Lower College Loan Rates Based on Grades?

Here's a new twist on college aid: a student loan with a lower interest rate based on your academic standing.

MyRichUncle, a private student loan originator, has been experimenting with rate discounts of 0.25% to 0.75% for borrowers who submit information similar to what you would find on a college application like grades, area of study and academic institution.

Click here to visit FOXBusiness.com's College Planning page.

The company insists that this isn't charity, it simply wants to change how students are approved for non-government-backed loans, from the traditional credit-worthiness criteria that often require parents of students with no credit history to co-sign loans to what it believes is a more sensible, and fiscally accurate, method.

"What we're really doing is measuring the capacity to take on debt," says company president Raza Khan. "Students who tend to do well in school tend to be more likely to repay their loans and so, from our perspective, should be rewarded with a lower interest rate."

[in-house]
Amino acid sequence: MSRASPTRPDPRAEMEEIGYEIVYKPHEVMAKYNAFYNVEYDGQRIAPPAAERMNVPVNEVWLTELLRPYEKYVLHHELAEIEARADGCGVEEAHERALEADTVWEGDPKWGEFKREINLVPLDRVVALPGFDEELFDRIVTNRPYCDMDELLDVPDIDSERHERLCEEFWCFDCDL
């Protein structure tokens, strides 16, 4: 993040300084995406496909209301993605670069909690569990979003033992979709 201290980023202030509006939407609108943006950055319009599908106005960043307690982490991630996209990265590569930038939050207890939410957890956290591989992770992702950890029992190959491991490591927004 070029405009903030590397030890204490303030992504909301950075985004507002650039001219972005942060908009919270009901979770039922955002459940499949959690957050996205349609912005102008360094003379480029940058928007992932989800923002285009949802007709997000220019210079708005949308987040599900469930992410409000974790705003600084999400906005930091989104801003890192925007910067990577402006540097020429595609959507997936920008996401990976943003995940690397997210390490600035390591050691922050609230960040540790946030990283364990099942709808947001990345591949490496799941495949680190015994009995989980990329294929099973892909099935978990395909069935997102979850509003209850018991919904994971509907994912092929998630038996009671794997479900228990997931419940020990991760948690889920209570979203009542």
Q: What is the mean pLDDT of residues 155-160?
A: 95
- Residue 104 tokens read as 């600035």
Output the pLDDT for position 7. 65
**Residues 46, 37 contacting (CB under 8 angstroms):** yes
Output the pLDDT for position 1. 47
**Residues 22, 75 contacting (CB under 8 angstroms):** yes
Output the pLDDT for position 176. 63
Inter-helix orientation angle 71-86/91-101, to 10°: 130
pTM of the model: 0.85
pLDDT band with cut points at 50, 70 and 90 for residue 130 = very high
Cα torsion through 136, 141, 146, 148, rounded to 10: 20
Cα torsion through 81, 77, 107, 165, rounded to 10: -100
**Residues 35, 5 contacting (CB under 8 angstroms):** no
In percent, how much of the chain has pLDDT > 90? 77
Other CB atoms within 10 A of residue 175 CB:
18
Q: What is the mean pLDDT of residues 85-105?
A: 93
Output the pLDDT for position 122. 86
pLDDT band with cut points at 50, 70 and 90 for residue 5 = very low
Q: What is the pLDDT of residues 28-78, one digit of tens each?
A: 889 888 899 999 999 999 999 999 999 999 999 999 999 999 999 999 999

Feedback, both from borrowers and those who underwrite the loans, has been positive, he says.

Any borrower who submits the extra academic information on top of the typical credit background receives 0.25% off their rate with some outstanding students receiving a cut of as much as 0.75%. College juniors with good grades studying a subject in great demand are more likely to receive a bigger discount than high school seniors.

The company started the merit discount eight months ago and although it is small for now, Khan says MyRichUncle wants to offer deeper discounts based on academics in the future. He hopes that eventually academic criteria would just become part of the regular loan application process and so would rates based on those good grades.

According to Bankrate.com, the company's average interest rate on an undergraduate student loan is currently around 6.38%, several points less than some competitors. You can apply for one of their loans online at MyRichUncle.com.

Copyright (c) 2006 MarketWatch, Inc.